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Thursday, July 31, 2014

Job Flexibility Is Focus of Multipurpose Machining Center

Makino is looking at the big picture when it comes to developing machining systems. The Mason, Ohio, company recently added the T1 5-axis horizontal machining center (HMC) to its line, a unit that meets the needs of multiple markets, including titanium parts in aerospace.

“The T1 is designed to appeal to a lot of industries,” David Ward, horizontal line product manager at Makino, told ThomasNet News. The unit is primarily for job shops that want to expand in or enter aerospace supply, but which cannot justify investment in a machine dedicated to titanium fabrication.

The direct-drive spindle on the T1 generates high torque and speeds up to 12,000 rpm. Credit: Makino

The direct-drive spindle on the T1 generates high torque and speeds up to 12,000 rpm. Credit: Makino

As a result, although the T1 is the latest in the line of 5-axis HMC models for titanium production, it is the most versatile of Makino’s models in terms of its ability to machine other metals.

The T1 is a HMC that accommodates relatively large, heavy workpieces. The X, Y, and Z travel axes are, respectively, 59.1 by 51.2 by 78.7 inches (in), and the maximum pallet payload is 6,600 lb. The direct-drive spindle generates 737 ft-lb of torque to machine hard metals at speeds of 20 to 1,000 rpm, and it has a top speed of 12,000 rpm.

The machine has a 45-110 degree (deg) A-axis tilting spindle. Coupled with a deep-chest column, the machine achieves a -90 deg spindle centerline position, to 21.6 in below pallet center. This allows it to machine parts that are 1 square meter (10.76 sq ft) and up to 31.4 in high, in a single five-sided process.

The first model in the HMC line, the T4, is a specialized unit for titanium machining. Ward said that only a handful of aerospace manufacturers are likely to be interested in this machine. It has large X-, Y-, and Z-axis travels (165 by 78 by 39 in), holds workpieces of 11,022 lb, and generates up to 1,100 ft-lb of torque.

Next in the lineup is the T2. Although Makino states that this machine is for midsize titanium aerospace parts, its specifics match those of the T4. The model produces parts up to 74.8 by 78.7 in, accommodates 11,000-lb workpieces, and generates 1,100 ft-lb of torque at peak output. Ward noted that the T2 appeals to “premium aerospace job shops.”

The T1 thus fills an important niche by providing the performance necessary to machine titanium while meeting the production needs in machining other metals.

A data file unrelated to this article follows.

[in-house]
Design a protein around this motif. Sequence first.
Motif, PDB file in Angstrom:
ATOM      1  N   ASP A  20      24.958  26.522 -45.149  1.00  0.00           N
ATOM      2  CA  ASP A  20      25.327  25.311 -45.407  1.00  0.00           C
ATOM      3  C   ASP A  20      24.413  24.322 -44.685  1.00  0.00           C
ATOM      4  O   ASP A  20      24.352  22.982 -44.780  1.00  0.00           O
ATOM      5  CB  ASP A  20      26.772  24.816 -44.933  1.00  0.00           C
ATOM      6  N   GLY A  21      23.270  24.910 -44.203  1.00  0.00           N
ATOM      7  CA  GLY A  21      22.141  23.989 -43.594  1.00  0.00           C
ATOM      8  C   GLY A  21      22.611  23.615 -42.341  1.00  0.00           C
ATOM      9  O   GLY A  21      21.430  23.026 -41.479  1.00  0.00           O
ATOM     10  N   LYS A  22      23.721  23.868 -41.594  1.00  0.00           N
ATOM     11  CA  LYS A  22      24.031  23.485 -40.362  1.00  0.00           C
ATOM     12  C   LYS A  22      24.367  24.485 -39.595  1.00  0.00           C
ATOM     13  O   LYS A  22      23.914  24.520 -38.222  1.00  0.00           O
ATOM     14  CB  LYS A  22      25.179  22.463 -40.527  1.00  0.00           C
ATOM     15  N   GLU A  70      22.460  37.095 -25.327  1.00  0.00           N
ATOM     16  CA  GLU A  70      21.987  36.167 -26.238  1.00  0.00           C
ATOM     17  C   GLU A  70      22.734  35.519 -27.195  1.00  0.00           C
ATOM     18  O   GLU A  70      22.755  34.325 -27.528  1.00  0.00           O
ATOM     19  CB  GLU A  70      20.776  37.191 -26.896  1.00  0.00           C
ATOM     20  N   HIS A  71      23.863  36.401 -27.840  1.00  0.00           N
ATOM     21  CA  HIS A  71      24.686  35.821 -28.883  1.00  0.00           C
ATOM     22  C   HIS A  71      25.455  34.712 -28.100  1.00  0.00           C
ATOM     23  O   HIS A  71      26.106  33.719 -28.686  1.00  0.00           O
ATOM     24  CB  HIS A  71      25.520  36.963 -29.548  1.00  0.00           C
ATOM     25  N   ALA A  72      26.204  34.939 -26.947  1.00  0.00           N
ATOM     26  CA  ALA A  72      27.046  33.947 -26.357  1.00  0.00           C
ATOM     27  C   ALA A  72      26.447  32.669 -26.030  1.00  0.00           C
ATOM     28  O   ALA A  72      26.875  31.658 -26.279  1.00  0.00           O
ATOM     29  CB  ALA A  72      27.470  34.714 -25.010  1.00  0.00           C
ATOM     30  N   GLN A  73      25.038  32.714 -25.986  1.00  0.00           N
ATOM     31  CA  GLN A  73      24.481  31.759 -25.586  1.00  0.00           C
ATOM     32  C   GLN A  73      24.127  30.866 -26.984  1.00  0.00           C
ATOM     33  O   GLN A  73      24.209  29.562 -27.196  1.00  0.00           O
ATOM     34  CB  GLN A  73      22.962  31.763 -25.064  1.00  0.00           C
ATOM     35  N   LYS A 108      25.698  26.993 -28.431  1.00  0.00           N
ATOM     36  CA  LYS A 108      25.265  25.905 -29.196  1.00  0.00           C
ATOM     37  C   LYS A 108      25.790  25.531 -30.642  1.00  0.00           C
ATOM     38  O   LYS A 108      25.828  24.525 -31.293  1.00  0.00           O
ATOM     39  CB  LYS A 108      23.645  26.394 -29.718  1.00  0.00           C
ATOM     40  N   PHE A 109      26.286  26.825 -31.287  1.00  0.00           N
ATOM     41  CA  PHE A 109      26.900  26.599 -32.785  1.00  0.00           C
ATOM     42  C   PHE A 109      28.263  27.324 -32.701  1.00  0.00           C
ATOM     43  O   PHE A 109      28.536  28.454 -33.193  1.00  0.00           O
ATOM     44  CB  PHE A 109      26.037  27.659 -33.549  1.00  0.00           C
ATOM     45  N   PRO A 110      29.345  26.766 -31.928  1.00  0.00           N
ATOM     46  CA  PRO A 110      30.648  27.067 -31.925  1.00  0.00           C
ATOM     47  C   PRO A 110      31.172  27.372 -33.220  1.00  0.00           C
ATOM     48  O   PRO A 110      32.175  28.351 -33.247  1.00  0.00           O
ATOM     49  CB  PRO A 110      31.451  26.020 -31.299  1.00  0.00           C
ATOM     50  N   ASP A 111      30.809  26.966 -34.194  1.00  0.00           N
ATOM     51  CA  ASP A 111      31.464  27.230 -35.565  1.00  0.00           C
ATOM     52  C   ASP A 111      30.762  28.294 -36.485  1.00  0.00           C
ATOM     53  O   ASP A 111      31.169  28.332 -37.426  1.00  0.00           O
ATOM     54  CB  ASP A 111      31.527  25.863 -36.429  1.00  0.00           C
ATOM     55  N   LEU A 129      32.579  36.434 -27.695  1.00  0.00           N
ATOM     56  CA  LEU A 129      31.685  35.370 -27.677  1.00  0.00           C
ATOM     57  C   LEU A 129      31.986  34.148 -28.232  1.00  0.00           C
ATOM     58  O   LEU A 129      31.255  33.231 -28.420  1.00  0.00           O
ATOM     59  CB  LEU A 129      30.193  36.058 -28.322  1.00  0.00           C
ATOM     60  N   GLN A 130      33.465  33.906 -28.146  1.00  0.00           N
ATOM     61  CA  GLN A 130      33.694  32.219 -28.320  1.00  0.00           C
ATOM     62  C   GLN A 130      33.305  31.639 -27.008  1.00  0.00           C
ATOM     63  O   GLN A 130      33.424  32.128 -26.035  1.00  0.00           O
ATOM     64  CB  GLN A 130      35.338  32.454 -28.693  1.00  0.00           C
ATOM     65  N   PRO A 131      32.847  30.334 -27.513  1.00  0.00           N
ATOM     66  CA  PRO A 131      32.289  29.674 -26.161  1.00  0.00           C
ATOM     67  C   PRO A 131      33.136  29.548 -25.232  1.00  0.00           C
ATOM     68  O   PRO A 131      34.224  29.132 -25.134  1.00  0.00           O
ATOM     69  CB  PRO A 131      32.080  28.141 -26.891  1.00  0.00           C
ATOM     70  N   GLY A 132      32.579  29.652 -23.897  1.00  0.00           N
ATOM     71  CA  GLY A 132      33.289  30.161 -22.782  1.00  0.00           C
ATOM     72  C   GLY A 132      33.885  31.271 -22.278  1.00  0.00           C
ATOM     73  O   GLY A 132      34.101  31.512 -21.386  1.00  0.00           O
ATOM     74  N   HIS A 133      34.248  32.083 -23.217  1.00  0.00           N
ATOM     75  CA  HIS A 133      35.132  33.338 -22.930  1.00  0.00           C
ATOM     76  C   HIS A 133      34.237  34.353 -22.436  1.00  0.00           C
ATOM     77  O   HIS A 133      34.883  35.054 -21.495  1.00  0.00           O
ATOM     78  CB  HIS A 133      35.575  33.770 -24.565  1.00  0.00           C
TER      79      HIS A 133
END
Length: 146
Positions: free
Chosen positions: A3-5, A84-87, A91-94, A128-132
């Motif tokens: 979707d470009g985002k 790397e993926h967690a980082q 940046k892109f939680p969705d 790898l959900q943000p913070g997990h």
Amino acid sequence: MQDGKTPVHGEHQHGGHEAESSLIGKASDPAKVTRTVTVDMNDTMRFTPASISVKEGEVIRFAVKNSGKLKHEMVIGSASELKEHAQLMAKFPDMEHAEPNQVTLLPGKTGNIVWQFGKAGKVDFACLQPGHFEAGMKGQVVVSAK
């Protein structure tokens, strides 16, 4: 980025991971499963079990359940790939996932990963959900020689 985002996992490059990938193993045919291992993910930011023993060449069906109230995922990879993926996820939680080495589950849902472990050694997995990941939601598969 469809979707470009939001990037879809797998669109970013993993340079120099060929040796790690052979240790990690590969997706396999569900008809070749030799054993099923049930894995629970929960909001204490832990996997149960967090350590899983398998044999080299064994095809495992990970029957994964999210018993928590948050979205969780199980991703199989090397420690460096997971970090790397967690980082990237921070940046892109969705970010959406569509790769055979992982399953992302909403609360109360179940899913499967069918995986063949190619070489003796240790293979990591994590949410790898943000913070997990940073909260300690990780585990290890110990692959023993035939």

David Ward

David Ward

This flexibility is a prudent benefit for job shops. While the overall aerospace market continues to grow, there are hiccups in some areas — notably defense. Helicopter manufacturer Sikorsky Aircraft, for example, announced on Feb. 21 that 600 employees — half of them union workers — are being laid off, mostly at its Stratford, Conn., headquarters. The company blames cutbacks to the U.S. defense budget that affected production of its iconic Blackhawk helicopter and cast uncertainty on future programs.

The T1 is, nevertheless, equipped with advanced engineering features, some of which resemble those of the T4 and T2. One of these is high rigidity. Makino states that the T1 has thick Z-axis bed castings, wide slideway surfaces, and a deep-chest, monolithic column that supports X- and Y-axis movements.

The B-axis rotary table has a 360-deg rotational speed of 3,600 deg per minute, and generates 10,000 N-m of continuous torque with peak output of 29,000 N-m. The spindle-tilting A-axis produces 6,300 N-m of continuous torque and 20,000 N-m at peak. A 15.7-in pivot distance improves spindle and workpiece accessibility.

Unlike many 5-axis HMCs, a trunnion table is not used for rotary motion on the T1. The machine instead employs an innovative A/B-axis configuration that shifts A-axis motion to the spindle side, which eliminates tilting of the workpiece.

The model is also equipped with Makino’s Active Damping technology, which is designed to eliminate cutting vibration. Ward said the Active Damping feature monitors each axis with servos. When the servos detect vibration, they adjust the guideway load compensation system to intentionally create friction, which dampens vibration.

Ward explained that the dynamic changes in guideway friction are minuscule and difficult to quantify, but added that “there is a night-and-day difference of magnitude” in the force signature that is subsequently created when machining titanium— or other materials. This difference controls vibration, which also increases metal-removal rates by stabilizing roughing operations. Additional benefits include improved machining accuracy, reduction in tool wear, and lower maintenance.

These last two points, in fact, are critical for job shops, Ward said. “People need to look at the big picture and not just the cost of a machining system,” he advised. “If perishable tooling costs decline 15-20 percent when machining titanium with the T1, operators will see significant lifetime savings in tools and maintenance.”

 

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